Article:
Drawn to attention: exploring the fresh force that is Call To Arms

Irish metallers Call To Arms is a band we first came across with the release of their 5-track release, Invictus. It suggested band to keep close attention on with its potential and immediate enjoyment. Now the band is preparing to unveil their debut album, Fallacy, so time to catch up with the band and get to the heart of Call To Arms, look at that impending album and more….

Hello all and thanks for taking time out to talk with us.

Can you first introduce the band and give us some background to how it all started?

We’re Call To Arms, a modern metal band from Dublin, Ireland. The band was formed in the summer of 2013 by Dean Donnelly (Vocalist) and a former bassist. Niall Ennis and Daniel Tyrell quickly joined and after our first show Alex Caffrey joined as our permanent bassist. We’ve all known each other for years, and been in bands together before. We’ve now been joined by Kevin Twomey as our drummer, who was recommended to us by a close friend.

Having been involved in other bands how have those experiences impacted on what you are doing now, in maybe inspiring a change of style or direction?

All of us other than Kev, have been in bands together over the years before Call To Arms formed, for the most part we have taken CTA on as our only public musical outlet. I think from previous bands we just learned how we write best; slowly developing our sound and style, and I think it mainly just inspired us to get better.

What inspired the band name?

We went through a variety of different names but never could agree on just one. We got all members to bring a name they liked and picked the one that came out. Dean had seen an Avenged Sevenfold interview where M. Shadows talked about getting inspiration from the bible, so Dean got his bible and wrote down what had stood out most to him.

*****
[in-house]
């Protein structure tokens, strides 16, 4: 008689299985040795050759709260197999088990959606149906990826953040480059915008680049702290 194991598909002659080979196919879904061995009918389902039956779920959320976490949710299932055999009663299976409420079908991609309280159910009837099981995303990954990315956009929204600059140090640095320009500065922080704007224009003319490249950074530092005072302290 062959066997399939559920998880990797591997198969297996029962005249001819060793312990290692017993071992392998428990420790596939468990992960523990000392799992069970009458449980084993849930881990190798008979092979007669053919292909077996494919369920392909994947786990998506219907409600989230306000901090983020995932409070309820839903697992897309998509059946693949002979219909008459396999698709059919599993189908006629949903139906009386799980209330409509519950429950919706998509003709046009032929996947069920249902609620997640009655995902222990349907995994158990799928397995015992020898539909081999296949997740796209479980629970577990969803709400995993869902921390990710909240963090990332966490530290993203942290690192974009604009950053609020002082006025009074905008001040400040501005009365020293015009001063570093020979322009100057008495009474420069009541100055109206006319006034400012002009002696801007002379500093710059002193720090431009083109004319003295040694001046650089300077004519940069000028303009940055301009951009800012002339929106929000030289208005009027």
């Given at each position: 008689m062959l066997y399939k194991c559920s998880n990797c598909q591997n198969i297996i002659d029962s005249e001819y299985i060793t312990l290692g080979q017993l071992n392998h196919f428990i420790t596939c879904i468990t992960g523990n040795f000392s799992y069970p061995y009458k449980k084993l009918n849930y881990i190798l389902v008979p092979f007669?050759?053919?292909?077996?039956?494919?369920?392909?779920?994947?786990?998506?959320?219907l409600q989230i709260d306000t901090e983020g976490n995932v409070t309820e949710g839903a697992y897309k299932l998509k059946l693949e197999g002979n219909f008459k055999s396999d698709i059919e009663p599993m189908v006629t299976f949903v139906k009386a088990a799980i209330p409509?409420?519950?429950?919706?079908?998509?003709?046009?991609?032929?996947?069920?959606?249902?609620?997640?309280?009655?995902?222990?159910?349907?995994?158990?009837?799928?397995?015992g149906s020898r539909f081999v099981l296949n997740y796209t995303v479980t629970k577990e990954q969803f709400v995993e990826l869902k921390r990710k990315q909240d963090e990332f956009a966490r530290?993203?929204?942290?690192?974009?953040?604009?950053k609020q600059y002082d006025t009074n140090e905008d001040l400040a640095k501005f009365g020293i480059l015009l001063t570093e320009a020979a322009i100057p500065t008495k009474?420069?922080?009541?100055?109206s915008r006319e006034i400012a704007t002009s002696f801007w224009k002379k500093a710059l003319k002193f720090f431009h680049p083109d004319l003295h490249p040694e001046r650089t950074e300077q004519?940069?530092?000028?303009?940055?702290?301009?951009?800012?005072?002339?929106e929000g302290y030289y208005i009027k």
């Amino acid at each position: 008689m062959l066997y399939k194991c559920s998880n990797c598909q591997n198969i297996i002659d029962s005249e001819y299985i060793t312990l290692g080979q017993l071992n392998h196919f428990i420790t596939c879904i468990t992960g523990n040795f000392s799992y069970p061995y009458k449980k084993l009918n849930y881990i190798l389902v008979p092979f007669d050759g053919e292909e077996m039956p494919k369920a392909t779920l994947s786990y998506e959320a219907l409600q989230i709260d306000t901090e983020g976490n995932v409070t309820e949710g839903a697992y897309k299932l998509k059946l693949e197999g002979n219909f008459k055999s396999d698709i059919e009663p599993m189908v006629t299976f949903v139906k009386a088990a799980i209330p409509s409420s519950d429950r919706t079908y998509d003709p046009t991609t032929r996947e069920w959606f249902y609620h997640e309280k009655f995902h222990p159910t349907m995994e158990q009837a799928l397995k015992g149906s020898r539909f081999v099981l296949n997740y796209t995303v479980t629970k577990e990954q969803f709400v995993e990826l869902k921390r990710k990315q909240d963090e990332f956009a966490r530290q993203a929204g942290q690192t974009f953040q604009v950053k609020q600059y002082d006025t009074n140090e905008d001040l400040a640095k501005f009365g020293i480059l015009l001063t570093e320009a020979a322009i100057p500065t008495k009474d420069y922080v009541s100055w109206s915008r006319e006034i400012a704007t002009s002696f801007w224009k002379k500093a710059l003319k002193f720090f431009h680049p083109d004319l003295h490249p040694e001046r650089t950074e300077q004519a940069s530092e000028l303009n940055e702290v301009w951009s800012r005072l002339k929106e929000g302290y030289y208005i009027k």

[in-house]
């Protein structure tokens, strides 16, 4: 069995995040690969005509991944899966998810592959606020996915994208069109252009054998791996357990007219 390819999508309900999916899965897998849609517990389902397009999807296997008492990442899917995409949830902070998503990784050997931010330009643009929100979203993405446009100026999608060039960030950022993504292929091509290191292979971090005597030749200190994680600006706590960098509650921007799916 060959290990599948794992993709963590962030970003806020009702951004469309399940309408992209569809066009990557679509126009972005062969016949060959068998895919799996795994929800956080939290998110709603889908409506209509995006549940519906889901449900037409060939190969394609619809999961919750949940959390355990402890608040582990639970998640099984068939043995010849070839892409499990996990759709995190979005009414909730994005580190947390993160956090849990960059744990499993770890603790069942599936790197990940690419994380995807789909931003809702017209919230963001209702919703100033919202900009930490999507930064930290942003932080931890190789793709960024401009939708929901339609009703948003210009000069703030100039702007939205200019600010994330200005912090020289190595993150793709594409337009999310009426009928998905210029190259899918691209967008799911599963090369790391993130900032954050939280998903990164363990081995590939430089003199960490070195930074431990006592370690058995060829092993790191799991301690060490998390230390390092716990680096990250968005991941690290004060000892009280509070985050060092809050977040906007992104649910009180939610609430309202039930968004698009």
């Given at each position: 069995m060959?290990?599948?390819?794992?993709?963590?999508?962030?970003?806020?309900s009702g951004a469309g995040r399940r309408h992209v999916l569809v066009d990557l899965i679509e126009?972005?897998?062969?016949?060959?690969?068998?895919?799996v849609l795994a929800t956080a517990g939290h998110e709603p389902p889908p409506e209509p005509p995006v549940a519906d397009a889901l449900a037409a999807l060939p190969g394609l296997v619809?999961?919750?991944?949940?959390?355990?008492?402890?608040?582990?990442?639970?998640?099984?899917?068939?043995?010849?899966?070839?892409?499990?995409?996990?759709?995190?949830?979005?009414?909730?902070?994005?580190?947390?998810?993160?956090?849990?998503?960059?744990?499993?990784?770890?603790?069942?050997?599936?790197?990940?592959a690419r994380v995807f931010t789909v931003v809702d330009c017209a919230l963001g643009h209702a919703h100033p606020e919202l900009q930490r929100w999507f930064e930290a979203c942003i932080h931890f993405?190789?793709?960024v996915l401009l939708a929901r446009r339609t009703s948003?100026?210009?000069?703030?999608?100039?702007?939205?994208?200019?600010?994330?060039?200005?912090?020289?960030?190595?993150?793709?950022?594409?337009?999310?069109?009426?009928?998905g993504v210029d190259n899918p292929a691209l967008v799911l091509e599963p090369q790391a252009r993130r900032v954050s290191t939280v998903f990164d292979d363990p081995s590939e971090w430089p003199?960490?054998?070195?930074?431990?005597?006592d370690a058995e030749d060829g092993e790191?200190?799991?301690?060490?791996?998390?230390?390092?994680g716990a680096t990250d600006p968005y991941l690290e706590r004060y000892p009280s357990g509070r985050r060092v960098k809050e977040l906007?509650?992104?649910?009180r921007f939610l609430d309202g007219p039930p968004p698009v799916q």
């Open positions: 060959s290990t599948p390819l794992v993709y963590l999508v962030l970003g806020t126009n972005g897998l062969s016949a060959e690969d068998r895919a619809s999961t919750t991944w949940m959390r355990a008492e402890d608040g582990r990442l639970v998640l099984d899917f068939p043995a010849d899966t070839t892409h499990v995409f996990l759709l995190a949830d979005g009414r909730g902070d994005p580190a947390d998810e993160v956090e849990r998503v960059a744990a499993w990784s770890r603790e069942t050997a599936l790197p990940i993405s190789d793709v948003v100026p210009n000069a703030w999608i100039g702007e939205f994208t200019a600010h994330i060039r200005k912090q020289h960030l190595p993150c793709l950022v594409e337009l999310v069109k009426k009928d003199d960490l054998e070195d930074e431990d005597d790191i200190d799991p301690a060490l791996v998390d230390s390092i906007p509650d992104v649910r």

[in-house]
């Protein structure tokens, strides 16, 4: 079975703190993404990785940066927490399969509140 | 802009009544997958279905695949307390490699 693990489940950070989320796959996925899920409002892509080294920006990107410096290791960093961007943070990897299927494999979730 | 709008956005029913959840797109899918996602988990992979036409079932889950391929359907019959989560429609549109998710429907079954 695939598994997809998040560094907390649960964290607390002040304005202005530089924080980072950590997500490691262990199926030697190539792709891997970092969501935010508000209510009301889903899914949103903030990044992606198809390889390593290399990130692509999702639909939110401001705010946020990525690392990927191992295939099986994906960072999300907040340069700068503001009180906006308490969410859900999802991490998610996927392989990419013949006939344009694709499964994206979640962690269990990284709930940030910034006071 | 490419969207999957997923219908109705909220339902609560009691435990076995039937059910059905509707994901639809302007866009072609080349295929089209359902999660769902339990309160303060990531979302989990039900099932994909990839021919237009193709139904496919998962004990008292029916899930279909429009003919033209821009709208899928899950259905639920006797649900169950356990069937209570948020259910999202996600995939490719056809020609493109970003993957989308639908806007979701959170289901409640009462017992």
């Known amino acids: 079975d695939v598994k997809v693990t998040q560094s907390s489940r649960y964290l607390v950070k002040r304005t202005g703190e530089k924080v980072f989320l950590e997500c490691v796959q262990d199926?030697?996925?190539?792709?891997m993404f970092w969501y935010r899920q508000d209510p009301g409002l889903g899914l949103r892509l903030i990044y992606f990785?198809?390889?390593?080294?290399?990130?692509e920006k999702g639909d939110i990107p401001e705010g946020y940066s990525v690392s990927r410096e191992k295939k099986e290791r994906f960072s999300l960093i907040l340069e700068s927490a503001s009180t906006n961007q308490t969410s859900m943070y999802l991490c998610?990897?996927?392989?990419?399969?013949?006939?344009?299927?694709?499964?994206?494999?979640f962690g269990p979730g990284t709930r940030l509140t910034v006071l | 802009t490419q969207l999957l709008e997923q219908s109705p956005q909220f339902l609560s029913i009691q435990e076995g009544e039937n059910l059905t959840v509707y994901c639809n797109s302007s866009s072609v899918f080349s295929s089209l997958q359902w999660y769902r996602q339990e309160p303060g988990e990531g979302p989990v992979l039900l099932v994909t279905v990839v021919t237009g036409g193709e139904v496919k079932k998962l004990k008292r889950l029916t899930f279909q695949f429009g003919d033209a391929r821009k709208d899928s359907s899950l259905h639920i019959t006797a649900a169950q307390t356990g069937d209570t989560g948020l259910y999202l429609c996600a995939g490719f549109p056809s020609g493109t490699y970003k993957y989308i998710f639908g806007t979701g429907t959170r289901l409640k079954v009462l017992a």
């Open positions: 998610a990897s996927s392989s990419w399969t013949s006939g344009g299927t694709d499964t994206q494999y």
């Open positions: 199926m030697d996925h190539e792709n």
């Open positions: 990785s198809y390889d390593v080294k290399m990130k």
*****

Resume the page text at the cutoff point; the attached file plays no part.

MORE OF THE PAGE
Was there any specific idea behind the forming of the band and also in what you wanted it and your sound to offer?

As I said we had always been in bands with each other before. When forming CTA we had the ambition to just play live as much as possible and put every ounce of ourselves into our shows. We wanted to be the band you remembered/talked about on your way home after the show. We locked ourselves away and just practiced to play as tight as possible while putting on the best, most energetic shows we could do. To be honest, it’s only been in the past two years that we took a serious look at our sound, and take a serious, more mature approach to the actual musicality of the band.

Have your ambitions in that area evolved or expanded over time?

I think we are still driven for the pure love of what we do, music has always been the biggest part of all our lives, and I don’t think we’ve forgotten that.